Project description:Shwachman-Diamond syndrome (SDS) is an autosomal recessive disorder characterized by bone marrow failure, exocrine pancreatic dysfunction, and leukemia predisposition. Mutations in the SBDS gene are identified in most patients with SDS. SBDS encodes a highly conserved protein of unknown function. Data from SBDS orthologs suggest that SBDS may play a role in ribosome biogenesis or RNA processing. Human SBDS is enriched in the nucleolus, the major cellular site of ribosome biogenesis. Here we report that SBDS nucleolar localization is dependent on active rRNA transcription. Cells from patients with SDS or Diamond-Blackfan anemia are hypersensitive to low doses of actinomycin D, an inhibitor of rRNA transcription. The addition of wild-type SBDS complements the actinomycin D hypersensitivity of SDS patient cells. SBDS migrates together with the 60S large ribosomal subunit in sucrose gradients and coprecipitates with 28S ribosomal RNA (rRNA). Loss of SBDS is not associated with a discrete block in rRNA maturation or with decreased levels of the 60S ribosomal subunit. SBDS forms a protein complex with nucleophosmin, a multifunctional protein implicated in ribosome biogenesis and leukemogenesis. Our studies support the addition of SDS to the growing list of human bone marrow failure syndromes involving the ribosome.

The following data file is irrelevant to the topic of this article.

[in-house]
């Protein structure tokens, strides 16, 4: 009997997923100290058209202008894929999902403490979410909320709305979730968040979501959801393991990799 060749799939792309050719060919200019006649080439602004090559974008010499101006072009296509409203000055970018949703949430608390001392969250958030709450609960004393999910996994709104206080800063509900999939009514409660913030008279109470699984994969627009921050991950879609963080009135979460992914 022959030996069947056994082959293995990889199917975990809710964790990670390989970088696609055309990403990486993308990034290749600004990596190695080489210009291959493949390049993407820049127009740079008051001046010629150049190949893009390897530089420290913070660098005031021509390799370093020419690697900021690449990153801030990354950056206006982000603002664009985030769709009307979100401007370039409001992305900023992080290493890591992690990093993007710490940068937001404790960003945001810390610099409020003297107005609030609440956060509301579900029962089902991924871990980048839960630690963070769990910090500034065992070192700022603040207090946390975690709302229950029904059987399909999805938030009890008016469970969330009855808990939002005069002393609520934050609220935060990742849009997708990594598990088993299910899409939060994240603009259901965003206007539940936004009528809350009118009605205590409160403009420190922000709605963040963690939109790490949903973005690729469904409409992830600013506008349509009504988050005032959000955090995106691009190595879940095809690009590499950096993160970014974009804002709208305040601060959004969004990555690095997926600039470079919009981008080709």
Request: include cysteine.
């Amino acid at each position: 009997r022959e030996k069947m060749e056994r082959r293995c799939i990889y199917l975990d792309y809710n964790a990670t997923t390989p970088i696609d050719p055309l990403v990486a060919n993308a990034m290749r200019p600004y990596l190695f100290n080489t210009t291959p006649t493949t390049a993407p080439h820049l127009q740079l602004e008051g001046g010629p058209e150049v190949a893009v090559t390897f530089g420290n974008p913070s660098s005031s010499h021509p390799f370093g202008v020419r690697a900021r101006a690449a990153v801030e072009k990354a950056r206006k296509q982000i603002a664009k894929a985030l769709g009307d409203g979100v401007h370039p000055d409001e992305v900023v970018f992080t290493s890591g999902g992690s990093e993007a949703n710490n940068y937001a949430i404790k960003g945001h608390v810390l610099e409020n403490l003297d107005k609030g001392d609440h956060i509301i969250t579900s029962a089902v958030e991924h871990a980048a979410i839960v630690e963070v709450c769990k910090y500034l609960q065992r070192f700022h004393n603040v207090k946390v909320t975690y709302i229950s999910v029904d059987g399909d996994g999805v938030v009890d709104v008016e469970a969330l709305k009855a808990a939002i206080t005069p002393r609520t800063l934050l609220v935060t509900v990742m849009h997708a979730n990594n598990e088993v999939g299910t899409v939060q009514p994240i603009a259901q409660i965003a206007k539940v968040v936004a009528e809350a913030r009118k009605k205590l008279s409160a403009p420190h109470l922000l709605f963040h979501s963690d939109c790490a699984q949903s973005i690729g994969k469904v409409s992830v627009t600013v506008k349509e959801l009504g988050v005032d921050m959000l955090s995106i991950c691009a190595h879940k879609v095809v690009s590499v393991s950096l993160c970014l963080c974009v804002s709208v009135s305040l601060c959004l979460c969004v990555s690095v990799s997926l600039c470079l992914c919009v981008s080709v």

Project description:Mutations in the Shwachman-Bodian-Diamond Syndrome (SBDS) gene cause Shwachman-Diamond Syndrome (SDS), a rare congenital disease characterized by bone marrow failure with neutropenia, exocrine pancreatic dysfunction and skeletal abnormalities. The SBDS protein is important for ribosome maturation and therefore SDS belongs to the ribosomopathies. It is unknown, however, if loss of SBDS functionality affects the translation of specific mRNAs and whether this could play a role in the development of the clinical features of SDS. Here, we report that translation of the C/EBP? and -? mRNAs, that are indispensible regulators of granulocytic differentiation, is altered by SBDS mutations or knockdown. We show that SBDS function is specifically required for efficient translation re-initiation into the protein isoforms C/EBP?-p30 and C/EBP?-LIP, which is controlled by a single cis-regulatory upstream open reading frame (uORF) in the 5' untranslated regions (5' UTRs) of both mRNAs. Furthermore, we show that as a consequence of the C/EBP? and -? deregulation the expression of MYC is decreased with associated reduction in proliferation, suggesting that failure of progenitor proliferation contributes to the haematological phenotype of SDS. Therefore, our study provides the first indication that disturbance of specific translation by loss of SBDS function may contribute to the development of the SDS phenotype.